**SWOON**

Althouse doesn't dance?? I didn't see that. I would've been all over her with my tap shoes . . . If I had to give up either dancing or blogging, I'd be outta here in a heartbeat. (I can't ballroom dance, by the way; I'm a casualty of the '60s, strictly free-form.) Fortunately, nobody's forcing me to choose between these two ways of dancing.

Ron

Even I, with the terpsichorean gift of a fireplug, would still face the music and dance with you, Amba!

:)

Just do this...

http://www.youtube.com/watch?v=dMuKRbJa3O8

Ron

As real points out, the bill is now coming due.

Egads, the YouTube clip connects to wj's point! That settles it: That's our '09 Theme!

amba

Ron:

1) That's sooooo tender.

2) And so weightless! They're like thistledown. "The Unbearable Lightness of Fred and Ginger."

3) Dang, you really can see right through her dress!

You got us started on a Fred & Ginger afternoon. We watched more videos and then I read out loud to J from the Astaire Wikipedia bio. (Did you contribute?? Nothing there about the affair.) This particulary struck me:

Astaire agonized during the entire process, frequently asking colleagues for acceptance for his work, as Vincente Minnelli stated, "He lacks confidence to the most enormous degree of all the people in the world. He will not even go to see his rushes...He always thinks he is no good."[32] As Astaire himself observed, "I've never yet got anything 100% right. Still it's never as bad as I think it is."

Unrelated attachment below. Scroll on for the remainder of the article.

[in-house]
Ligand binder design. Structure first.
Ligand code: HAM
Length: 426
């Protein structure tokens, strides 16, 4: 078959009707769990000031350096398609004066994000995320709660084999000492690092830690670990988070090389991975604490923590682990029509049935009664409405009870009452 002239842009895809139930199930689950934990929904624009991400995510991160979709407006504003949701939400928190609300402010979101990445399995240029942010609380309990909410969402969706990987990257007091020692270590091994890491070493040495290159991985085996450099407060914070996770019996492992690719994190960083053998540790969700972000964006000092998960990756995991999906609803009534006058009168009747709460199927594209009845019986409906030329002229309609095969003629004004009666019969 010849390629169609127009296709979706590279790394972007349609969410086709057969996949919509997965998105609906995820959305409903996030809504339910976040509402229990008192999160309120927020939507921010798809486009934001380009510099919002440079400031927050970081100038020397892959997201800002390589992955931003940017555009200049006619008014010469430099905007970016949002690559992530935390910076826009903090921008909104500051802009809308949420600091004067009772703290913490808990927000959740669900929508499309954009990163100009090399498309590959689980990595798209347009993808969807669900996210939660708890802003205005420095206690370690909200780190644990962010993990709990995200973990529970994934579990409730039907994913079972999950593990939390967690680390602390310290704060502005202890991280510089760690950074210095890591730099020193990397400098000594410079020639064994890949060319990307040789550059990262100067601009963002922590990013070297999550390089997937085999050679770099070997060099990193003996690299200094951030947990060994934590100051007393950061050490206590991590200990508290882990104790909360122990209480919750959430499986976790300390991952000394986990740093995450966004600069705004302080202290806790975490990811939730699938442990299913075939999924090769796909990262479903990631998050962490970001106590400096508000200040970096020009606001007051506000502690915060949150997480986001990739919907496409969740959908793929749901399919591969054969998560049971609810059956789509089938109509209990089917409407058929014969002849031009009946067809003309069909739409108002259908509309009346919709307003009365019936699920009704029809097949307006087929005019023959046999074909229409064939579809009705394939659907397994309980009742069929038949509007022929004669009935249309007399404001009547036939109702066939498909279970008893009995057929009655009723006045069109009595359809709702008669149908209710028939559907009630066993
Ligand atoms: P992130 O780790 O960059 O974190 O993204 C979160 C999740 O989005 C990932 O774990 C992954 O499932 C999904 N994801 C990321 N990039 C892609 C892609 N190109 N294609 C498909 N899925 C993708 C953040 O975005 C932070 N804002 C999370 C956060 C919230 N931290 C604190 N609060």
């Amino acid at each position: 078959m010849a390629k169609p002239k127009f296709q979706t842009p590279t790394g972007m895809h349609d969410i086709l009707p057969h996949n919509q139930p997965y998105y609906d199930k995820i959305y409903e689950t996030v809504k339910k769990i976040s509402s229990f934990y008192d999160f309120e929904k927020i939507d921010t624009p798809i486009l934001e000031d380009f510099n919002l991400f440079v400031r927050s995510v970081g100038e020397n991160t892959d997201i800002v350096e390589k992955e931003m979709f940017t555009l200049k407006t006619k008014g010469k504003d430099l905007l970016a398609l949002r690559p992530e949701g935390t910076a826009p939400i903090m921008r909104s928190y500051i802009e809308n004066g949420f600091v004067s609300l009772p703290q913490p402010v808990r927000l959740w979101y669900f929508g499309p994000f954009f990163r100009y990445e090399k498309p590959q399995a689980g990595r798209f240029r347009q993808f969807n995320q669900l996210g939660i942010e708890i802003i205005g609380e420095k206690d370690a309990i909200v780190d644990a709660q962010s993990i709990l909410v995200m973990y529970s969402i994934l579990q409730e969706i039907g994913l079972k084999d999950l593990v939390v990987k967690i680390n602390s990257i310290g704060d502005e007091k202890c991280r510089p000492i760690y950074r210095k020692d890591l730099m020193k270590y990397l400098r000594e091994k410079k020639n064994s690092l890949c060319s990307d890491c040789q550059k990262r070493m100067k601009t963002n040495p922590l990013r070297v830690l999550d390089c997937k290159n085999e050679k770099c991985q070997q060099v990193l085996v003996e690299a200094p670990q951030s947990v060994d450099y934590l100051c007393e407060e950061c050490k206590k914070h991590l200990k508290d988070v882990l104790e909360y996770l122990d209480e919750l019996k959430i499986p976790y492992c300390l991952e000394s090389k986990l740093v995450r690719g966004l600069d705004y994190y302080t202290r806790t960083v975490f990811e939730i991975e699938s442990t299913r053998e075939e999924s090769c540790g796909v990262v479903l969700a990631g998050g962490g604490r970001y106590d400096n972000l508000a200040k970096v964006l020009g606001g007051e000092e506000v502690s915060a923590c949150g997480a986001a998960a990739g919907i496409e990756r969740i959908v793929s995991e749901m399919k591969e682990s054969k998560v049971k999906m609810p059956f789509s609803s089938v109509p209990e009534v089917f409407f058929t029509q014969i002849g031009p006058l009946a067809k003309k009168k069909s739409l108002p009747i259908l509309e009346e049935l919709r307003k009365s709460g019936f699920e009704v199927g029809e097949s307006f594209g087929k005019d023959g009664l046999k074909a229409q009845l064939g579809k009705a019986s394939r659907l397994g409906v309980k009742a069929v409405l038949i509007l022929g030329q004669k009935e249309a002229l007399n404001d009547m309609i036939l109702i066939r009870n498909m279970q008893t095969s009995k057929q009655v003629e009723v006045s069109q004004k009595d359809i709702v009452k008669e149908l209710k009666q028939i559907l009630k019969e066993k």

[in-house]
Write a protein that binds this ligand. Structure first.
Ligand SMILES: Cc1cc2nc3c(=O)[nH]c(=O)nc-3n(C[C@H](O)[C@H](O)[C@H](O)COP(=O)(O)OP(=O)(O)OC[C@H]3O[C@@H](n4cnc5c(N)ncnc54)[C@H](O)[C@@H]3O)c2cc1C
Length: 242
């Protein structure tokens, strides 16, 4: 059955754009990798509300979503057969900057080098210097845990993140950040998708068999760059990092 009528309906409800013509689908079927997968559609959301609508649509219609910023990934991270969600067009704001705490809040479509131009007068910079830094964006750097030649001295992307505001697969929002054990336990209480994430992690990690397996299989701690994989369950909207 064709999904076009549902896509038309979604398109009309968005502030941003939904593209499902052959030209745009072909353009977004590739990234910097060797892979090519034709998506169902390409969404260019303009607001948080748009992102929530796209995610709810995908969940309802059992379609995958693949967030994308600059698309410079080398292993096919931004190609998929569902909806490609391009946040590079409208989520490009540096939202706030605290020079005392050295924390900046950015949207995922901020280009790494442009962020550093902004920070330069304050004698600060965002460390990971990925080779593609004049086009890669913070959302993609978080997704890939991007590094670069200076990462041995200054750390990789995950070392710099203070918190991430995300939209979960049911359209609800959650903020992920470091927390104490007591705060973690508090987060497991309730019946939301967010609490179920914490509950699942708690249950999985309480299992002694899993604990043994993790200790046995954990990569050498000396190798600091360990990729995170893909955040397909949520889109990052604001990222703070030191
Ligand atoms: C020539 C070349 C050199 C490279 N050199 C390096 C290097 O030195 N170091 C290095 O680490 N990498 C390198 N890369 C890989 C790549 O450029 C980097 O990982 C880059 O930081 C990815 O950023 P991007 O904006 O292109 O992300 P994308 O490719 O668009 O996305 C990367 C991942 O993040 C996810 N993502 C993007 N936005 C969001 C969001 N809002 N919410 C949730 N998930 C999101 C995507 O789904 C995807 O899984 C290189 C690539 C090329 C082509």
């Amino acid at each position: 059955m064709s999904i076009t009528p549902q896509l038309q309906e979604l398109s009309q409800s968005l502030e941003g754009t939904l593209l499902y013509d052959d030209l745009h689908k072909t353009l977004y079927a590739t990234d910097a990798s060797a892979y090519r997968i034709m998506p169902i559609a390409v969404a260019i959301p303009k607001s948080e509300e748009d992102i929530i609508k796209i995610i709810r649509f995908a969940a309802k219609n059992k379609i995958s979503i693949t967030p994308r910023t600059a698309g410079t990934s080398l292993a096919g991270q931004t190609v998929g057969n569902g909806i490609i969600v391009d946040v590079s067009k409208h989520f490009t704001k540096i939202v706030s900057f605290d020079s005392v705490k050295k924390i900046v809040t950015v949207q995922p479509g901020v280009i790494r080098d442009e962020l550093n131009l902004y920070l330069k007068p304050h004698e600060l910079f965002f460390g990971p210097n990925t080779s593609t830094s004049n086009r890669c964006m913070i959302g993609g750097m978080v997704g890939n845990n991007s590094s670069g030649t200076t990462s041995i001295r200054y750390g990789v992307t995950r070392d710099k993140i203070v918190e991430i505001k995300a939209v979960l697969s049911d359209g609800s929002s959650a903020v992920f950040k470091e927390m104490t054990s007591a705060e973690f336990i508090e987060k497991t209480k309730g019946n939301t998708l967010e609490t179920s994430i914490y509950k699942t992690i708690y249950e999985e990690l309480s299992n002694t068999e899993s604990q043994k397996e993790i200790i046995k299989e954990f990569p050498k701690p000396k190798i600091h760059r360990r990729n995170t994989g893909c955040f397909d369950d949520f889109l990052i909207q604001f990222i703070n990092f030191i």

That's an artist for you. I've read much the same about the sculptor Giacometti. What he created was so great because he was reaching for something he could envision even far beyond that.

karen

Althouse doesn't dance.

I thought that was what alcohol was for!!!

Tully

The current recession is being greatly exaggerated for political reasons, and by those who simply live on hysteria. Not that it isn't gonna hurt, but to listen to the news (and the pols who want to spend a trillion dollars on goodies as "stimulus") you'd think the end times were here. They're not.

We've had a dual shock, energy costs and real estate asset values. You may have noticed that at least one part of that is not a current major factor. (I paid $1.29 for gas yesterday. I want my Suburban back.)

karen

LOL- i don't want my Suburban back, Tully!! I remember filling it up for the 1st time-- i am embarrassed to say i actu7ally looked UNDER the thing to see if i had a tank leak!!

My GMC Pick-up is nice-- it wasn't so at 4.00$ gas. I'm still mad about the price of desiel fuel during the Summer's cropping. THAT hurt.

And, Tully? The MSM has predicted this downturn for 2yrs. Talk about lag time.